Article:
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May I give away my assets to qualify for Medicaid?

On Behalf of | Nov 11, 2021 | Long-Term Care Planning

While it is understandable why many New Yorkers may want to qualify for Medicaid in order to finance a nursing home stay, there are right and wrong ways to go about doing so.

The problem with a person’s just transferring wealth so he or she can meet the Medicaid program’s asset and income requirements is that doing this will likely expose the person to the lookback period and related transfer penalties.

This lookback period traditionally applies to nursing home stays on Medicaid’s dime. Basically, the authorities will examine all gifts and other transfers a person made, for example to friends and family members, within 60 months prior to applying for Medicaid.

Based on the dollar value of these transfers, authorities will then calculate a penalty that will apply once a person has entered a nursing home and is otherwise qualified for Medicaid.

The penalty acts as a denial of payment for the nursing home’s services for a set number of months depending on the dollar amounts transferred. The penalty may force family members who benefitted from these transfers to pony up the money for the nursing home stay during the penalty time Medicaid.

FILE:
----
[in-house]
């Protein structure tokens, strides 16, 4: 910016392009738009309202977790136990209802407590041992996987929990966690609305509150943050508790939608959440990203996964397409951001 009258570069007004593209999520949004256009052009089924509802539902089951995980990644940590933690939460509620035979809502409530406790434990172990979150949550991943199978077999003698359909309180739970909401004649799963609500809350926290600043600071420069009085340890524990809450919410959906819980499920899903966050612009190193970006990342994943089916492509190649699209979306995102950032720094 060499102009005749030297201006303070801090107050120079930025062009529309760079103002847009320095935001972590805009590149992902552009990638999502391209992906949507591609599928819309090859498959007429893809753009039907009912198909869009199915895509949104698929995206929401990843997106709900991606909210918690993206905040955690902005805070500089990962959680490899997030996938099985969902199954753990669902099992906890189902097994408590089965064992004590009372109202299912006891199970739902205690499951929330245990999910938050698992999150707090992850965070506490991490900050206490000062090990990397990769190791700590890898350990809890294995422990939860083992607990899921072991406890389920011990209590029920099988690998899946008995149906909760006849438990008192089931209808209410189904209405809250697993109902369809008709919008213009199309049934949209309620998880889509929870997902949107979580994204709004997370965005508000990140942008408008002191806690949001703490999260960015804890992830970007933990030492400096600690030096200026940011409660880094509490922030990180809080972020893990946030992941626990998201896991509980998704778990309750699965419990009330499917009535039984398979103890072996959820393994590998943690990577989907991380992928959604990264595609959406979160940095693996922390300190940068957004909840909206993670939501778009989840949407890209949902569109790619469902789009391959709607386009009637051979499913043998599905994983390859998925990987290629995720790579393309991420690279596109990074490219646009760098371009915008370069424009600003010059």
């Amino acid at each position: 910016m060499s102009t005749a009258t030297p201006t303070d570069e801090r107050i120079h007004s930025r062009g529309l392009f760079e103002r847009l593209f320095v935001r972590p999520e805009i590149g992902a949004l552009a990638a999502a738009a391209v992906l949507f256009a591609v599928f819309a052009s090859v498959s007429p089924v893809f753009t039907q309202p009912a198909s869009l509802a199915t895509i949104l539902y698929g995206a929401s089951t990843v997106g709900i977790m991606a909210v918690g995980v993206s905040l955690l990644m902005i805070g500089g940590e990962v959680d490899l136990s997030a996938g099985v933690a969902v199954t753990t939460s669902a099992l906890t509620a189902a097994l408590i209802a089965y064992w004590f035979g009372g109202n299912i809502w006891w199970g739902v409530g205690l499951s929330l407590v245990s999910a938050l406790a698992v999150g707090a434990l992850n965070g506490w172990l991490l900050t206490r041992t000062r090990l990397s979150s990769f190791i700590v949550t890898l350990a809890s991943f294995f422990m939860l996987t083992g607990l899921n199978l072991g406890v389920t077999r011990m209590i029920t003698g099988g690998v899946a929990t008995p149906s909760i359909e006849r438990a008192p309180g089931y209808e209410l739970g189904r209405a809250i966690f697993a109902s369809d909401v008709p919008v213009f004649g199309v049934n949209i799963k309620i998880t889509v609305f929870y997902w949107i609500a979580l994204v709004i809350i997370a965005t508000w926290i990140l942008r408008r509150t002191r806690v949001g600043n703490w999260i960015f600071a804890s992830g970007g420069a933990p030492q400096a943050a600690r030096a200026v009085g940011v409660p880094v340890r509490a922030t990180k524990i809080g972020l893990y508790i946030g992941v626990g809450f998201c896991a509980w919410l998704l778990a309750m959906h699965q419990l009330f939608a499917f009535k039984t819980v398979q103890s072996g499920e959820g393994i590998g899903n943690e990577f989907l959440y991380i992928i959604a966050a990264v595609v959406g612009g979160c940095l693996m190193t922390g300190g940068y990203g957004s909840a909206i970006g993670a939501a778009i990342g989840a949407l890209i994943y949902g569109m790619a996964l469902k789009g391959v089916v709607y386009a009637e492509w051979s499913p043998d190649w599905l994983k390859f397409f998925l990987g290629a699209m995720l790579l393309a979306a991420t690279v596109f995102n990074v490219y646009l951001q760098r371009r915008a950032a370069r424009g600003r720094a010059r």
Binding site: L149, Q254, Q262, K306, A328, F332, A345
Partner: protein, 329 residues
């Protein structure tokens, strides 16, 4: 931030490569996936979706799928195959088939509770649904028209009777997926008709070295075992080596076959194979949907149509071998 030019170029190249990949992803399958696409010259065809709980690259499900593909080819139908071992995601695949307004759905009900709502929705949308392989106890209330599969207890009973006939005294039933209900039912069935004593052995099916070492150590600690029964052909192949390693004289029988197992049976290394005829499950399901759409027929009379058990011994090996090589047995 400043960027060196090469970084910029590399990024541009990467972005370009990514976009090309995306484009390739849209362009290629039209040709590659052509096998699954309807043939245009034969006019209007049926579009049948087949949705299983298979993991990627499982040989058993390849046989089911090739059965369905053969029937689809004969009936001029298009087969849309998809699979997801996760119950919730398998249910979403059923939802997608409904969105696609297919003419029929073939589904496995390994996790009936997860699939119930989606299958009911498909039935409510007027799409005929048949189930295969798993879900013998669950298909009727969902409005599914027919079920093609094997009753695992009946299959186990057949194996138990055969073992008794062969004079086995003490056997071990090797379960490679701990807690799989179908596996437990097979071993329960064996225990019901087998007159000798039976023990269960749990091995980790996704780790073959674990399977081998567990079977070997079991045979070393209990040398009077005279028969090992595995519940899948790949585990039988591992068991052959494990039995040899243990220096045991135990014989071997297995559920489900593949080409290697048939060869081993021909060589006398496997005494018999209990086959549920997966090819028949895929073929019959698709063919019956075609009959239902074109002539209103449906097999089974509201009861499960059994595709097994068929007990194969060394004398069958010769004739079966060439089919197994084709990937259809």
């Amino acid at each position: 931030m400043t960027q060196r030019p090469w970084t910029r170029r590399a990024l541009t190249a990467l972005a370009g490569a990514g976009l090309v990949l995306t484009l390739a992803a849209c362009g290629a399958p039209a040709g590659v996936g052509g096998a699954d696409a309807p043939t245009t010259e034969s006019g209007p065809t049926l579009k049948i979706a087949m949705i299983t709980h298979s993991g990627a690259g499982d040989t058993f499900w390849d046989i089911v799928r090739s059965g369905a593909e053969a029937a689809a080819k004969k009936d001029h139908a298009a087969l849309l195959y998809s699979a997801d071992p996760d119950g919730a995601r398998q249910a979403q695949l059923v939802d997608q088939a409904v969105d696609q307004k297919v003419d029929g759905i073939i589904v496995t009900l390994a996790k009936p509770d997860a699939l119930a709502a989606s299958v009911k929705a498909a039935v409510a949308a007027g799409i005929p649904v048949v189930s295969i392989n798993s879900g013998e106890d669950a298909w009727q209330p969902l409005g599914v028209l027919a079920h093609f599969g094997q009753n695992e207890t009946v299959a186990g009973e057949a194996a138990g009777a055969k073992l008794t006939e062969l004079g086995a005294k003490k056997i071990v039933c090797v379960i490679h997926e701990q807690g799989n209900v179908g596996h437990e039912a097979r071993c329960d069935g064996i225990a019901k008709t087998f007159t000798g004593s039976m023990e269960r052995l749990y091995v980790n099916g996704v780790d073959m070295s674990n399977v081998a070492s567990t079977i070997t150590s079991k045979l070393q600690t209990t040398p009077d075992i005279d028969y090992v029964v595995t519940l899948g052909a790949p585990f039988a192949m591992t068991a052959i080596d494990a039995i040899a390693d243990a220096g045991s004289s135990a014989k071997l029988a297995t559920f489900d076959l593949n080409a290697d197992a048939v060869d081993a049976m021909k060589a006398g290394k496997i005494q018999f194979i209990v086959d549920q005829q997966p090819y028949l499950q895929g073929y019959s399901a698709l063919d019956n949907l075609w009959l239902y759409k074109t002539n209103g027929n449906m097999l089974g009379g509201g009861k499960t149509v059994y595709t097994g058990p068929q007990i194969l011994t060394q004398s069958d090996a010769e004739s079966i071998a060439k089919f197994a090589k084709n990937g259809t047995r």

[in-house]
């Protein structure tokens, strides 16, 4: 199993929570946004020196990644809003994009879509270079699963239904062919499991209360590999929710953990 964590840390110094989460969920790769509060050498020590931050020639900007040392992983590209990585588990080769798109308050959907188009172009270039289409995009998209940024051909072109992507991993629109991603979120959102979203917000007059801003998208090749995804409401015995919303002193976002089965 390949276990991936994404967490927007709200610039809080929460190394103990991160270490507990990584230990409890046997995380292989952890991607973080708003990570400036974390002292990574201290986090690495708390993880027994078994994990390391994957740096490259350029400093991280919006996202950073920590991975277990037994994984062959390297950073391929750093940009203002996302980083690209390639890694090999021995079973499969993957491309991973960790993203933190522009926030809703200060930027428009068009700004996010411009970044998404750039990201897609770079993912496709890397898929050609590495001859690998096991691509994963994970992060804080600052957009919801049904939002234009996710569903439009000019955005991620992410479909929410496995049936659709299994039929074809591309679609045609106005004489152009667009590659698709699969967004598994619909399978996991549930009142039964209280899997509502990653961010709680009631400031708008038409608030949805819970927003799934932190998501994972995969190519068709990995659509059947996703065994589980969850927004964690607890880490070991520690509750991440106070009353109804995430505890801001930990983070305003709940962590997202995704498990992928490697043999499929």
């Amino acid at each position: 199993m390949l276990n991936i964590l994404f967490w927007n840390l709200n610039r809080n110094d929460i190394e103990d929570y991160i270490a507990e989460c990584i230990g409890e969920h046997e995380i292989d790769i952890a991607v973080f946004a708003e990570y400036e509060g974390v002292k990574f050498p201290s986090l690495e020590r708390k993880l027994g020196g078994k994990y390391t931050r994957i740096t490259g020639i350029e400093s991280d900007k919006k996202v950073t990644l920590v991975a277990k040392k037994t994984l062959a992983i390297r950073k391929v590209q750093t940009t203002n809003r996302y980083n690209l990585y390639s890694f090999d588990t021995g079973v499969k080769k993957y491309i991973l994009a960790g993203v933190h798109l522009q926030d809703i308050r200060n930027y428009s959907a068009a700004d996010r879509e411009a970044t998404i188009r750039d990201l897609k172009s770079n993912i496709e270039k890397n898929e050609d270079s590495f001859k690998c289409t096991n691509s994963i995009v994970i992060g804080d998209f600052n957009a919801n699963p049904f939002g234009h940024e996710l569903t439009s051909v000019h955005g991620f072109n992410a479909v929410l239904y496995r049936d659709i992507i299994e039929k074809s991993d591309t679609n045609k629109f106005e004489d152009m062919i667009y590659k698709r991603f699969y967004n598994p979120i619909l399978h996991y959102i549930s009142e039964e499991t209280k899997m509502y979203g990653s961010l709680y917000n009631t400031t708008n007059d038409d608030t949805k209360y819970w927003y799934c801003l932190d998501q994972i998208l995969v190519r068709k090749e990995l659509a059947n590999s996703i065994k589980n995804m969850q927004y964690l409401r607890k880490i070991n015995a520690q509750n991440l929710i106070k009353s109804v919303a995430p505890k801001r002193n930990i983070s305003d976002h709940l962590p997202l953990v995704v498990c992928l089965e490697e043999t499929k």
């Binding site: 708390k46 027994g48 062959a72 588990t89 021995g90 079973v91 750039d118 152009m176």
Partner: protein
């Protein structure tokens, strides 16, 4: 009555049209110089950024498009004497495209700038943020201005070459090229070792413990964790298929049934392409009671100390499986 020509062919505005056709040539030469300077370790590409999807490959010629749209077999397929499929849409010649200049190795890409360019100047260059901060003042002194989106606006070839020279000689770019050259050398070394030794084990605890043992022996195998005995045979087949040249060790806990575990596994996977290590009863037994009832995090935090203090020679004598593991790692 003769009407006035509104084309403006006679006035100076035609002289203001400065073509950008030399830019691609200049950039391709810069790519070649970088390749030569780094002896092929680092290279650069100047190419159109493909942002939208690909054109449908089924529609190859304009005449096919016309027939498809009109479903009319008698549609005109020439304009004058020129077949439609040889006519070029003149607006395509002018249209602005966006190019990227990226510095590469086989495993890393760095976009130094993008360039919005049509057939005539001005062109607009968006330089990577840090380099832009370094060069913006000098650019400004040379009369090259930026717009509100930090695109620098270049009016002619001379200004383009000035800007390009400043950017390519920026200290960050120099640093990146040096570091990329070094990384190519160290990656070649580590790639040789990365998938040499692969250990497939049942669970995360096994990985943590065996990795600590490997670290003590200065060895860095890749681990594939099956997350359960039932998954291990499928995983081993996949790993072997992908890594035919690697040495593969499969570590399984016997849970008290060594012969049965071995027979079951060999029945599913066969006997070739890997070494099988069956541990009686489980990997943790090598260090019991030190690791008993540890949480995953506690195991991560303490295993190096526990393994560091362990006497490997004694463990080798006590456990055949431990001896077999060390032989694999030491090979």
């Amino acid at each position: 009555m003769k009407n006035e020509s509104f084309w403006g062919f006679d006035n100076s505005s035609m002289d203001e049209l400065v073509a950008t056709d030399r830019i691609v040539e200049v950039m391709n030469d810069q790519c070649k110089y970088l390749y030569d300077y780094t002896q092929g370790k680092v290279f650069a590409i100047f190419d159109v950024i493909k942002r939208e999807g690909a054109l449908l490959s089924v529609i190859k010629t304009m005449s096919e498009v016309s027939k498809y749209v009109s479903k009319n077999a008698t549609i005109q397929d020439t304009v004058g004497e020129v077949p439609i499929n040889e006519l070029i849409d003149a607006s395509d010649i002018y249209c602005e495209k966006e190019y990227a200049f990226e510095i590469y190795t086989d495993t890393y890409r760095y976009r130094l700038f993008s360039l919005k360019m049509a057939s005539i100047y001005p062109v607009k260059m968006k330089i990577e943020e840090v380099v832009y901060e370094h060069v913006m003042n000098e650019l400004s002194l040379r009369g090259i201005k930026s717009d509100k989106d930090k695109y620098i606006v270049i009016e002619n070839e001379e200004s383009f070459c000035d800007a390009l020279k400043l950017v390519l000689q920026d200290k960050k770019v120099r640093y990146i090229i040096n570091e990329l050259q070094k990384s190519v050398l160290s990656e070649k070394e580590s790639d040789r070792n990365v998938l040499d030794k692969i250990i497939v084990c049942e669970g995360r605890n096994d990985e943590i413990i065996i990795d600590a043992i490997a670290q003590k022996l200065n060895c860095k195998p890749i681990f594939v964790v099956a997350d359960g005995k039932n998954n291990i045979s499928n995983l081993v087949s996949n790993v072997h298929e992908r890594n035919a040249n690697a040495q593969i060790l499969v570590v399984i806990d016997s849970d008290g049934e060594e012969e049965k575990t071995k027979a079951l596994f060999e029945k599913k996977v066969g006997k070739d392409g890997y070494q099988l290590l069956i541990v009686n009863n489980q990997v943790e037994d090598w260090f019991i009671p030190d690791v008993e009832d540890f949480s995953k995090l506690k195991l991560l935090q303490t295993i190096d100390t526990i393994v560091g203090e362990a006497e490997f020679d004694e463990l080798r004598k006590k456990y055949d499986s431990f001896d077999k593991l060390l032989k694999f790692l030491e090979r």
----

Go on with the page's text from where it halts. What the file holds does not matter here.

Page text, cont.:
To give an example, according to 2020 figures, someone in the New York City boroughs who transferred about $36,000 in wealth during the lookback period would probably have to pay for the first three months of a nursing home stay without help from Medicaid.

The lookback rules are expanding to home health care

Effective starting in 2022, similar rules will be in place for people trying to use Medicaid to pay for certain home health care. Eventually, the lookback period will be 30 months, not the 60 months for nursing home payments. This new rule has been postponed before and may be postponed again.

Some transfers of wealth are exemption from the strict lookback rule

There are several exemptions to this rule. For example, transfers between spouses are generally exempt. Careful long-term care planning may be important to taking advantage of these exemptions and other legal Medicaid planning techniques.